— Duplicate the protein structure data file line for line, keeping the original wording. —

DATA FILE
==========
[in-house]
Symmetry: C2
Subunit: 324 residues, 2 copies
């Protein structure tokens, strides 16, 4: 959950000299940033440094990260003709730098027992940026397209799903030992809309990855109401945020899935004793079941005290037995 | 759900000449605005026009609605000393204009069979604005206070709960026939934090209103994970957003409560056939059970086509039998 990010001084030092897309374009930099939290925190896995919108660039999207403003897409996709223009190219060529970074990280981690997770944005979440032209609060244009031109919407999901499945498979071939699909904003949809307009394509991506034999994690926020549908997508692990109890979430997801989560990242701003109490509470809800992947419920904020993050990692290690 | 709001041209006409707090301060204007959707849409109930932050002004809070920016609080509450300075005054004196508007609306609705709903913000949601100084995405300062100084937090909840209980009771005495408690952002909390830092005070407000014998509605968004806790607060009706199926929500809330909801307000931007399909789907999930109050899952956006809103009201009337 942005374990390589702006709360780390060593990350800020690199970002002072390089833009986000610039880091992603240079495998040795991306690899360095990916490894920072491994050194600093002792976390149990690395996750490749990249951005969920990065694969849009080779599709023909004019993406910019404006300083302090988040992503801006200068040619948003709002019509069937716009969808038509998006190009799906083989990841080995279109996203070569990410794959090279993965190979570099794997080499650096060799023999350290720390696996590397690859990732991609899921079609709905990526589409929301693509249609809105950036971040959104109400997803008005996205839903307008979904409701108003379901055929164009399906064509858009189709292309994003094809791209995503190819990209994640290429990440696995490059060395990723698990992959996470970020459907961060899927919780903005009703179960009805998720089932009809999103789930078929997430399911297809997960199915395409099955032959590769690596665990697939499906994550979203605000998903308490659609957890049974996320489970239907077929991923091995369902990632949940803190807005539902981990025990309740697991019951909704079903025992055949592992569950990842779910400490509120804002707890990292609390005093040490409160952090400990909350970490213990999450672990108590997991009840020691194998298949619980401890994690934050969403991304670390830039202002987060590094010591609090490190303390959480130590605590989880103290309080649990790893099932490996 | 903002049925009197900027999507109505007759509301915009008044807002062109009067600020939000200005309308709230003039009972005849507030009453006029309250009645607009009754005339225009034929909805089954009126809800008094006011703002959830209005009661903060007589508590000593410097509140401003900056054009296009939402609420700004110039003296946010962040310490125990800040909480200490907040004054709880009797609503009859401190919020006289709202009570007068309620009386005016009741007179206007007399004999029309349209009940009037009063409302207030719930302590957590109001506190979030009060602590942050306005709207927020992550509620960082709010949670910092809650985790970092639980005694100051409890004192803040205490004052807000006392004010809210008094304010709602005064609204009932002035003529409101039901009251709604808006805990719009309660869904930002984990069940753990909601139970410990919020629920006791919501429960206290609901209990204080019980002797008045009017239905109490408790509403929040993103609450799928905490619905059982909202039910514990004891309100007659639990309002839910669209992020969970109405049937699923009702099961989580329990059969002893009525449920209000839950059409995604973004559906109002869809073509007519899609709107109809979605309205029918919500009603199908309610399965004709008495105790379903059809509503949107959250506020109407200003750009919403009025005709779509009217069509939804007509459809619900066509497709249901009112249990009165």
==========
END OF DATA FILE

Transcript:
[in-house]
Symmetry: C2
Subunit: 324 residues, 2 copies
């Protein structure tokens, strides 16, 4: 959950000299940033440094990260003709730098027992940026397209799903030992809309990855109401945020899935004793079941005290037995 | 759900000449605005026009609605000393204009069979604005206070709960026939934090209103994970957003409560056939059970086509039998 990010001084030092897309374009930099939290925190896995919108660039999207403003897409996709223009190219060529970074990280981690997770944005979440032209609060244009031109919407999901499945498979071939699909904003949809307009394509991506034999994690926020549908997508692990109890979430997801989560990242701003109490509470809800992947419920904020993050990692290690 | 709001041209006409707090301060204007959707849409109930932050002004809070920016609080509450300075005054004196508007609306609705709903913000949601100084995405300062100084937090909840209980009771005495408690952002909390830092005070407000014998509605968004806790607060009706199926929500809330909801307000931007399909789907999930109050899952956006809103009201009337 942005374990390589702006709360780390060593990350800020690199970002002072390089833009986000610039880091992603240079495998040795991306690899360095990916490894920072491994050194600093002792976390149990690395996750490749990249951005969920990065694969849009080779599709023909004019993406910019404006300083302090988040992503801006200068040619948003709002019509069937716009969808038509998006190009799906083989990841080995279109996203070569990410794959090279993965190979570099794997080499650096060799023999350290720390696996590397690859990732991609899921079609709905990526589409929301693509249609809105950036971040959104109400997803008005996205839903307008979904409701108003379901055929164009399906064509858009189709292309994003094809791209995503190819990209994640290429990440696995490059060395990723698990992959996470970020459907961060899927919780903005009703179960009805998720089932009809999103789930078929997430399911297809997960199915395409099955032959590769690596665990697939499906994550979203605000998903308490659609957890049974996320489970239907077929991923091995369902990632949940803190807005539902981990025990309740697991019951909704079903025992055949592992569950990842779910400490509120804002707890990292609390005093040490409160952090400990909350970490213990999450672990108590997991009840020691194998298949619980401890994690934050969403991304670390830039202002987060590094010591609090490190303390959480130590605590989880103290309080649990790893099932490996 | 903002049925009197900027999507109505007759509301915009008044807002062109009067600020939000200005309308709230003039009972005849507030009453006029309250009645607009009754005339225009034929909805089954009126809800008094006011703002959830209005009661903060007589508590000593410097509140401003900056054009296009939402609420700004110039003296946010962040310490125990800040909480200490907040004054709880009797609503009859401190919020006289709202009570007068309620009386005016009741007179206007007399004999029309349209009940009037009063409302207030719930302590957590109001506190979030009060602590942050306005709207927020992550509620960082709010949670910092809650985790970092639980005694100051409890004192803040205490004052807000006392004010809210008094304010709602005064609204009932002035003529409101039901009251709604808006805990719009309660869904930002984990069940753990909601139970410990919020629920006791919501429960206290609901209990204080019980002797008045009017239905109490408790509403929040993103609450799928905490619905059982909202039910514990004891309100007659639990309002839910669209992020969970109405049937699923009702099961989580329990059969002893009525449920209000839950059409995604973004559906109002869809073509007519899609709107109809979605309205029918919500009603199908309610399965004709008495105790379903059809509503949107959250506020109407200003750009919403009025005709779509009217069509939804007509459809619900066509497709249901009112249990009165």